On Wednesday, Aug. 28, the National Energy Board (NEB) became the Canada Energy Regulator (CER). For further information please visit our Implementing the Canadian Energy Regulator Act information page
Western Canadian Crude Oil Supply, Markets, and Pipeline Capacity
On 30 November 2018, the Minister of Natural Resources, The Honourable Amarjeet Sohi, wrote to the National Energy Board (NEB) to seek advice on options that may exist to further optimize pipeline capacity out of western Canada. This was in response to the growing price differential for Canadian crudes in the latter part of 2018, and its impacts on Canada. In the letter, Minister Sohi stated that the advice should address three key questions:
- Is the current monthly nomination process to access available capacity on oil pipelines functioning appropriately, consistent with the “common carrier” provisions of the National Energy Board Act and efficient utilization of pipeline infrastructure (for example, by auctioning uncontracted export capacity to smaller producers)?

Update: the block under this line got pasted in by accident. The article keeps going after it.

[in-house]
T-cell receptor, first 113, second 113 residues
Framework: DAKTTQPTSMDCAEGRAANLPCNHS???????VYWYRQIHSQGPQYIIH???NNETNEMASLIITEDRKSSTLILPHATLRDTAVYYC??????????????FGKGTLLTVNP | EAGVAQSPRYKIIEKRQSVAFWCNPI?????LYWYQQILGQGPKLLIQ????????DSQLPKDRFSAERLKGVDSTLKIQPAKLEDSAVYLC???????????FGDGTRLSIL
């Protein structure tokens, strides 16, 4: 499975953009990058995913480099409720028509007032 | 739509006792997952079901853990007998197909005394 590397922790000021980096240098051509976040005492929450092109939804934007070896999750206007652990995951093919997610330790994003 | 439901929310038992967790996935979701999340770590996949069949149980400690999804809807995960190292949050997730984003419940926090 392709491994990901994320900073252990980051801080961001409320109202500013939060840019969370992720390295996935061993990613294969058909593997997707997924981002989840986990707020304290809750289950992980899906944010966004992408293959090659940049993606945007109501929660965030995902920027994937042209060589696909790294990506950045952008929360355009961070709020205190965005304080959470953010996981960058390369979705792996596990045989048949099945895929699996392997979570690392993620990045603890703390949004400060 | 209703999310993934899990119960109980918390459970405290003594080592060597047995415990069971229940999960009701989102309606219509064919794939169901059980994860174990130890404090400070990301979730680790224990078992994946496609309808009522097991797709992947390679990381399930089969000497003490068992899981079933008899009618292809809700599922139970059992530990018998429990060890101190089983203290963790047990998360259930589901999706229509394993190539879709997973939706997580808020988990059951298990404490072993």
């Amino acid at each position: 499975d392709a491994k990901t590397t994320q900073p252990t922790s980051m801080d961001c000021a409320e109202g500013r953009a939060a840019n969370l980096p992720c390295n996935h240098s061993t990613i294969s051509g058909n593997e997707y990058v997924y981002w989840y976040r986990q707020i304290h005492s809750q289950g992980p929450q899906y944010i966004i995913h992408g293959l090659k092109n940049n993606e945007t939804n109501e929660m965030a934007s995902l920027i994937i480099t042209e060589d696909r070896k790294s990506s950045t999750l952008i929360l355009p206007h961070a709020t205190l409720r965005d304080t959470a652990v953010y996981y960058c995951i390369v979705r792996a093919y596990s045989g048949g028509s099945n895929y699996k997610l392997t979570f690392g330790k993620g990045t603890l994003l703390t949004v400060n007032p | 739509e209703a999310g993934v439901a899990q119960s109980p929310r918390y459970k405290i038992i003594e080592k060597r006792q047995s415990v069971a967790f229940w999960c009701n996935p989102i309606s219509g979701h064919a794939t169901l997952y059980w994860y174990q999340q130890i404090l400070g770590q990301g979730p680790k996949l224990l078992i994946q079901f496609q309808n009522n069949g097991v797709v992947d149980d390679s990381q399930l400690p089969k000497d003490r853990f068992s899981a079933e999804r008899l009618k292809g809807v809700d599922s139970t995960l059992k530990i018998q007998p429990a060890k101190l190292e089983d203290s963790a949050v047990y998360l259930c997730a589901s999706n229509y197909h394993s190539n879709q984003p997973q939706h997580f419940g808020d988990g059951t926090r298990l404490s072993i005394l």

- Are there any other impediments to the further optimization of pipeline capacity that could be addressed by the National Energy Board, governments or pipeline companies, in the short-term and long-term?
- Are there short-term steps to further maximize rail capacity that could be addressed by governments to alleviate the current situation?
The letter noted that in formulating this advice, the NEB should consider developing options that the government could pursue and, where necessary, consult with other agencies and the Government of Canada to obtain technical, economic, and statistical support.
On 10 December 2018, the NEB issued a letter outlining its plan for responding to Minister Sohi’s letter. In its letter, the NEB stated that it will release a public report in December 2018 on the current state of crude oil markets and pipeline capacity.